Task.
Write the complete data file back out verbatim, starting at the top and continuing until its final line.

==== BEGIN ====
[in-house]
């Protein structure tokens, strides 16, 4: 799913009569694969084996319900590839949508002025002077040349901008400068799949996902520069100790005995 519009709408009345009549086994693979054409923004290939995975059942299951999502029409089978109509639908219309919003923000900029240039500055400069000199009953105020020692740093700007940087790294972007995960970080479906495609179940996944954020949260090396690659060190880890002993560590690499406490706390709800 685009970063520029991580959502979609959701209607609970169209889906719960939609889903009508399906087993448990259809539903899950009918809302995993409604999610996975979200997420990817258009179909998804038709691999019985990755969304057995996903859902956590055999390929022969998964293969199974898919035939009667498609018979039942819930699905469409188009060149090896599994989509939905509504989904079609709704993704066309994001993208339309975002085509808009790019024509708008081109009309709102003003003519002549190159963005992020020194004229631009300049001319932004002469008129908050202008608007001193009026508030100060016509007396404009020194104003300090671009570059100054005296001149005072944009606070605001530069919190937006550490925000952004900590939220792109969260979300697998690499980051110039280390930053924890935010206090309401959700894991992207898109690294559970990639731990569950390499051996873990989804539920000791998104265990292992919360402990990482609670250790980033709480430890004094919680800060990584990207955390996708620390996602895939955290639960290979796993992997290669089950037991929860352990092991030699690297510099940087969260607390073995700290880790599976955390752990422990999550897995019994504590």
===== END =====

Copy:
[in-house]
């Protein structure tokens, strides 16, 4: 799913009569694969084996319900590839949508002025002077040349901008400068799949996902520069100790005995 519009709408009345009549086994693979054409923004290939995975059942299951999502029409089978109509639908219309919003923000900029240039500055400069000199009953105020020692740093700007940087790294972007995960970080479906495609179940996944954020949260090396690659060190880890002993560590690499406490706390709800 685009970063520029991580959502979609959701209607609970169209889906719960939609889903009508399906087993448990259809539903899950009918809302995993409604999610996975979200997420990817258009179909998804038709691999019985990755969304057995996903859902956590055999390929022969998964293969199974898919035939009667498609018979039942819930699905469409188009060149090896599994989509939905509504989904079609709704993704066309994001993208339309975002085509808009790019024509708008081109009309709102003003003519002549190159963005992020020194004229631009300049001319932004002469008129908050202008608007001193009026508030100060016509007396404009020194104003300090671009570059100054005296001149005072944009606070605001530069919190937006550490925000952004900590939220792109969260979300697998690499980051110039280390930053924890935010206090309401959700894991992207898109690294559970990639731990569950390499051996873990989804539920000791998104265990292992919360402990990482609670250790980033709480430890004094919680800060990584990207955390996708620390996602895939955290639960290979796993992997290669089950037991929860352990092991030699690297510099940087969260607390073995700290880790599976955390752990422990999550897995019994504590």